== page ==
I decided there wasn't much to break, so using dpkg I forcibly removed lots of conflicting packages. I then manually downloaded new ones, one at a time, installing them with dpkg. I manually resolved the conflicts, one at a time, and after a few were installed the hard way, aptitude was able to pull down the rest automatically.

In the process I wrecked my nvidia GLX settings. I fell back to the open source nv driver, which is okay for 2D, but useless for 3D. A few minutes to download the latest nvidia package, and module assistant fixed everything up for me. snafu...

Today I tried to upgrade my Debian "Etch" box. The upgrade fell over in a heap, and now X doesn't work. Thankfully the rest of the system is okay, only now apt-get/aptitude doesn't know how to fix it. Ho hum, the life of a tester is often fraught with difficulties, but I suppose I put up with them so that my better half doesn't have to!

15 May 2006

Computers Too Hard To Use...

There is an interesting discussion on Slashdot Can Ordinary PC Users Ditch Windows for Linux?.

The problem with most of the comments is that they fail to take into account two key facts: most users don't know how to use/install Windows to start with and what they do know is often so illogical that they need to unlearn it to make sense of Linux/Unix/Mac.

It's in Microsoft's commercial interest to keep their user base ignorant, if people realised how much of a ride they were being taken for then they may not be so keen to pay out the huge sums to Microsoft every year for more old rope.

03 Apr 2006

Desktop Adapted for Dad

On Saturday I gave a short talk to my LUG about my experiences in setting up my step father with Debian. After the talk and discussion I've been asked to write my experiences up as a short article for Interfaces - the magazine of the British HCI Group. Cool.

13 Dec 2005


It's official, even Linus now recommends KDE over GNOME. Actually it's a storm in a tea cup but over on /. it's generating an awful lot of hot air.

I don't care what people use and I'd happily use either GNOME or KDE in preference to Windows any day - though I do prefer KDE to GNOME. I prefer KDE not because it's got more eye candy than GNOME - which it does - but because I can turn things off if I want. GNOME is okay but too restrictive for me, I just can't turn things on or off to make it the way I want it.

09 Sep 2005


I'm running Debian Etch as my desktop system. Every few days I update the software on it, with the latest versions. When it's a big change I cringe and hide behind the sofa in case something breaks horribly. So far running testing, I've been caught out once in 12 months but it's still stressful changing big pieces of a working system.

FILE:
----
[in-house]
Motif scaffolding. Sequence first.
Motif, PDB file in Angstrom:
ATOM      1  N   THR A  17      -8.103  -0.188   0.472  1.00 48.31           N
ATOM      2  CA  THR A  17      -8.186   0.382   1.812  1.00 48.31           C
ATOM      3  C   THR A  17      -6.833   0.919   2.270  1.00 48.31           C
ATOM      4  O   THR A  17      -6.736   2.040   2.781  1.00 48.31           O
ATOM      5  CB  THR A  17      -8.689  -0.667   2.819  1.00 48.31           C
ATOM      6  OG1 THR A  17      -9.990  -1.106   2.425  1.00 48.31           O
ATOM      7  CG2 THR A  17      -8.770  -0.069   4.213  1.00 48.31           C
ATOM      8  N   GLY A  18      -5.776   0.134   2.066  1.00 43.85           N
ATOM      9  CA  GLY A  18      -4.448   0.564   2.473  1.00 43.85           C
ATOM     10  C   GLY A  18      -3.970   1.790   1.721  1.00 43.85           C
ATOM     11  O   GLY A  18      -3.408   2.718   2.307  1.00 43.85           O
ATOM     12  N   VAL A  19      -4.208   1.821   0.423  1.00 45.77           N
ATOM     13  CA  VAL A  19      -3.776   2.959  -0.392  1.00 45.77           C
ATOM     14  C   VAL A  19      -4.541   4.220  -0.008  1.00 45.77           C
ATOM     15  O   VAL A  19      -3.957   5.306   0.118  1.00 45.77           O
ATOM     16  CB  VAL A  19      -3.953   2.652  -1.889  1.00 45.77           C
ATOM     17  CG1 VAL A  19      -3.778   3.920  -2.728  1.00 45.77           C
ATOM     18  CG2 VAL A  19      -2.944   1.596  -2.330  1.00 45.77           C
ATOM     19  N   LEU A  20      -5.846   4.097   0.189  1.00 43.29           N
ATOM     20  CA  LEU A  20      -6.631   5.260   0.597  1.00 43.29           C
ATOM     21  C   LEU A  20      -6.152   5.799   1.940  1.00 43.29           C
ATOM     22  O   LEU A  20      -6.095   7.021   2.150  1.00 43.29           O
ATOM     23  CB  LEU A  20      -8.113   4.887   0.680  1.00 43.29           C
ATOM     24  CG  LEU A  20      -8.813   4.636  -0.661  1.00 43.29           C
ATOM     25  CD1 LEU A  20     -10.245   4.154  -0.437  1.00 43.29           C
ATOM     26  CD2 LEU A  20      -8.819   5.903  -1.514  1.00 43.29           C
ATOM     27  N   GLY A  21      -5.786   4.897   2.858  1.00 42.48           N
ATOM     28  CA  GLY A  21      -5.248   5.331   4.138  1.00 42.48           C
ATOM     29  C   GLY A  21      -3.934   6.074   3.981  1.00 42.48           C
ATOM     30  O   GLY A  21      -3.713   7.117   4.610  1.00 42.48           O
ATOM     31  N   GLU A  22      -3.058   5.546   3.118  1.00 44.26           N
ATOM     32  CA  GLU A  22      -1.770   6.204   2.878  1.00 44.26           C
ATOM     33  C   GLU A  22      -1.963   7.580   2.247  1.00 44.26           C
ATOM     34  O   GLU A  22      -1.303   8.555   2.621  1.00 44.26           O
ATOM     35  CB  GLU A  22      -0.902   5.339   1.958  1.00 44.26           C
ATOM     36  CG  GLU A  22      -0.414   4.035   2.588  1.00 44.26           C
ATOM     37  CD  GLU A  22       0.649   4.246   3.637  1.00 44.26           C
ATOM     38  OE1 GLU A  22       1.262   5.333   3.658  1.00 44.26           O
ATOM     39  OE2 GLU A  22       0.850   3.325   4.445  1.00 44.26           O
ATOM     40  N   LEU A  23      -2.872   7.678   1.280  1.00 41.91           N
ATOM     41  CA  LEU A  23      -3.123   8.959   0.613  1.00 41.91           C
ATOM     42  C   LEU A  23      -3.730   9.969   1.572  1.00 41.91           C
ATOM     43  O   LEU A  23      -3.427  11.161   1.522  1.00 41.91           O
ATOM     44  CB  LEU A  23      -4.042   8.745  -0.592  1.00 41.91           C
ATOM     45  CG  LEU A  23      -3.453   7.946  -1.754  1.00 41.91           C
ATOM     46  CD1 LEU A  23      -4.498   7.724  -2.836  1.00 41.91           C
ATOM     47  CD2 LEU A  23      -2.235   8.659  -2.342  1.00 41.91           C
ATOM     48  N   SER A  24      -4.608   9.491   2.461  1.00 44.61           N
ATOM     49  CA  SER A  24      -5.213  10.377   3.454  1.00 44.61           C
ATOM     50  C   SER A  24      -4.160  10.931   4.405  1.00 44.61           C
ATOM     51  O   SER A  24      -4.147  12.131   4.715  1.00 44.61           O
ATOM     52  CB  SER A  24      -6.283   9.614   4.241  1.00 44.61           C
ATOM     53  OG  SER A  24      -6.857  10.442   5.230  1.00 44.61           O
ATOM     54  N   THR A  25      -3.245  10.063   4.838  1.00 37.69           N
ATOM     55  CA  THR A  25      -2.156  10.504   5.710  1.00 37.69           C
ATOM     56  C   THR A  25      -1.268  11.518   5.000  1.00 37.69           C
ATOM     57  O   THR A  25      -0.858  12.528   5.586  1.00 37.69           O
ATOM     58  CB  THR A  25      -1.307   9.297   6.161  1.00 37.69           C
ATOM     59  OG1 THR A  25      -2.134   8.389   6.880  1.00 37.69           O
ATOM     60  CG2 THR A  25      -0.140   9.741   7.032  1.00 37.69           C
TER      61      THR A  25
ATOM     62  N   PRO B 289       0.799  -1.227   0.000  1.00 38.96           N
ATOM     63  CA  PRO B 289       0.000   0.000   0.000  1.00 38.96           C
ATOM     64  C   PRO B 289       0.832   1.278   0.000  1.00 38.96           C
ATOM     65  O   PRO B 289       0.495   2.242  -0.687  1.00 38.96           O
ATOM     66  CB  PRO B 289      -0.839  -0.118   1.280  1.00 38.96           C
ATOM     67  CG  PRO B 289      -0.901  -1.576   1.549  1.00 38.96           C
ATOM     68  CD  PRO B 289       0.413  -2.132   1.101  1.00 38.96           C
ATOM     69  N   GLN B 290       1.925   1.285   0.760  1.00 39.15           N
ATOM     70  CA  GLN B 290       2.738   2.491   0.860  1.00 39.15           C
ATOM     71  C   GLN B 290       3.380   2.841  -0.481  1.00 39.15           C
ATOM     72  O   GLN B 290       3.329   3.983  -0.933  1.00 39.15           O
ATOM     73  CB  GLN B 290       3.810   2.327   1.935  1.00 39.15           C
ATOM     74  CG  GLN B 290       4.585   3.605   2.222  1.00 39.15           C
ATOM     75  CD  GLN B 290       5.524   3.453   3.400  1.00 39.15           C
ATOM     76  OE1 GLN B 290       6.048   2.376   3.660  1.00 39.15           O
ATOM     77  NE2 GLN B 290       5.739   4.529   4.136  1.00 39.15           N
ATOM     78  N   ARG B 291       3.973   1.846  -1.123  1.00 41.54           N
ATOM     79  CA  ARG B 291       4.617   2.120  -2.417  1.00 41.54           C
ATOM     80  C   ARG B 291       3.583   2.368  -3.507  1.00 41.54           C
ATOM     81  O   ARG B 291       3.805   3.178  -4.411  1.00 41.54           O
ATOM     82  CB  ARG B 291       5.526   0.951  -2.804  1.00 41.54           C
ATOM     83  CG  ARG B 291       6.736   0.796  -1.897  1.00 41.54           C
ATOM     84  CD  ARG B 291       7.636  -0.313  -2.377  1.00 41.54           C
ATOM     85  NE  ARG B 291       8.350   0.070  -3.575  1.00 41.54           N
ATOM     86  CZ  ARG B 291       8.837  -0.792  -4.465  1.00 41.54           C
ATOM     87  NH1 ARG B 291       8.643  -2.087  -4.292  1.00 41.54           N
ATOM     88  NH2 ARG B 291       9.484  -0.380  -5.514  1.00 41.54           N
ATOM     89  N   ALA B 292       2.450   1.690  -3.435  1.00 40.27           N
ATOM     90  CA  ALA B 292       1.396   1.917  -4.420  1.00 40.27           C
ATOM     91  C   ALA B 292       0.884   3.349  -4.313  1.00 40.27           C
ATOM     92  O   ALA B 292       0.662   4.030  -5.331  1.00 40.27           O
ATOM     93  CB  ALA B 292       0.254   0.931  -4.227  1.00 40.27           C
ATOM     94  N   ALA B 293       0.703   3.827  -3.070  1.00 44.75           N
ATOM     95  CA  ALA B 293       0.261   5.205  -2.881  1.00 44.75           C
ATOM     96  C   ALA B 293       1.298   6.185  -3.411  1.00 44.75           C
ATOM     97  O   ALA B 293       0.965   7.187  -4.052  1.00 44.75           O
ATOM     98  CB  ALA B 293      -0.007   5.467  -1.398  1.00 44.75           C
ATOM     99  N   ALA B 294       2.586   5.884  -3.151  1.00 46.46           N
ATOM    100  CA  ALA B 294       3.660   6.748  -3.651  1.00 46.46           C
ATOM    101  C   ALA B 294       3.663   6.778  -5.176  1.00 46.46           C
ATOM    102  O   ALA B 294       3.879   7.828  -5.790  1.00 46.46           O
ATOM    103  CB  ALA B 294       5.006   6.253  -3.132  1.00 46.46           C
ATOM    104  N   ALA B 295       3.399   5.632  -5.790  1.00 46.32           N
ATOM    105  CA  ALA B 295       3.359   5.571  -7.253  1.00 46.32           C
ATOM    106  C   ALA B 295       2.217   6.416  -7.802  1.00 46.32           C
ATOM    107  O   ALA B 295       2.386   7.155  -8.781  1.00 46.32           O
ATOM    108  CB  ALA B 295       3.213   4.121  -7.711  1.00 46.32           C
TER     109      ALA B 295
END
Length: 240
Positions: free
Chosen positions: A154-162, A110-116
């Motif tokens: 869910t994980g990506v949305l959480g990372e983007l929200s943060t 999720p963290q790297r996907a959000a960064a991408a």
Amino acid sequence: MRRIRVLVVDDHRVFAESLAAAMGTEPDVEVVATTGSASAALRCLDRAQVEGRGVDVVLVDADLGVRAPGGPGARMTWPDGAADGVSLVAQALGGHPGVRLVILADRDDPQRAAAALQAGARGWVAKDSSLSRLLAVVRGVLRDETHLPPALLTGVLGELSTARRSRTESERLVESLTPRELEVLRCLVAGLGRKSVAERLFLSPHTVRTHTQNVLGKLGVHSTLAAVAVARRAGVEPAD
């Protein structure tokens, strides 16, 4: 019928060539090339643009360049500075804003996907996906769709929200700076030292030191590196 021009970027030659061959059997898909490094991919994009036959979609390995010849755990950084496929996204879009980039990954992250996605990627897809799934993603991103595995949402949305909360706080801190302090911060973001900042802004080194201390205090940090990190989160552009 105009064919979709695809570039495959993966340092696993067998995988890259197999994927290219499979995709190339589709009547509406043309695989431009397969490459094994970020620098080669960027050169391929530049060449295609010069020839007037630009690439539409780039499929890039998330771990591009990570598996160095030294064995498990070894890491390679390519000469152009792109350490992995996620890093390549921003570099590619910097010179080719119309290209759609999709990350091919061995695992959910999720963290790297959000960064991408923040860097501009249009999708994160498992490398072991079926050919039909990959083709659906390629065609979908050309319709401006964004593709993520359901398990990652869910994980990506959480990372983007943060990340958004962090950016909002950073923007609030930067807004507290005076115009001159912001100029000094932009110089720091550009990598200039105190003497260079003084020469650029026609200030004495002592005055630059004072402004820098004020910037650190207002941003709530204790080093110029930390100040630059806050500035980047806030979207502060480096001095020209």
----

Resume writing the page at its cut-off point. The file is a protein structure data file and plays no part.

Today I upgraded from XFree86 to X.Org. I was worried that the funky nvidia drivers would break, and I'd be left without a functioning GUI. After a few minutes it's all done, and X is running again.

Many thanks the the excellent work done by the Debian people!

26 Aug 2005

Eye Candy

One of the annoying things about Windows XP, is the excessive eye-candy that makes the GUI run like treacle on a cold day. I've turned it down, and it now runs a tad faster, but nothing like the speed of Windows NT4 or Debian/KDE.

KDE is popular with some people because like Windows XP there are lots of fancy GUI tricks. On the whole I find most GUI eye-candy tricks annoying. I like KDE because I can tune it - turning most of the eye-candy off. One of the reasons I don't like GNOME is because tuning the GUI is harder.

19 Jul 2005

Future Linux Desktop

In this recent series* of articles on a future Linux distribution "I'm Batman" make some very insightful observations. He also misses some essential points.

I think some of the problems addressed are also present in Windows and Macintosh OS X, and Linux/Unix is no better or worse in respect to many short comings in the GUI.

I also think some of the observations are also misguided. Computers are complex multi-user, network aware systems, even the average home system is now quite complex. This does make system management complex, but attempts to "dumb it down", for example as Windows does helps to explain the very high level of malware afflicting Windows systems.

I strongly recommend anyone with an interest in the future of Linux on the desktop to read these articles and the various comments and follow-ups.

* The Linux Desktop Distribution of the Future: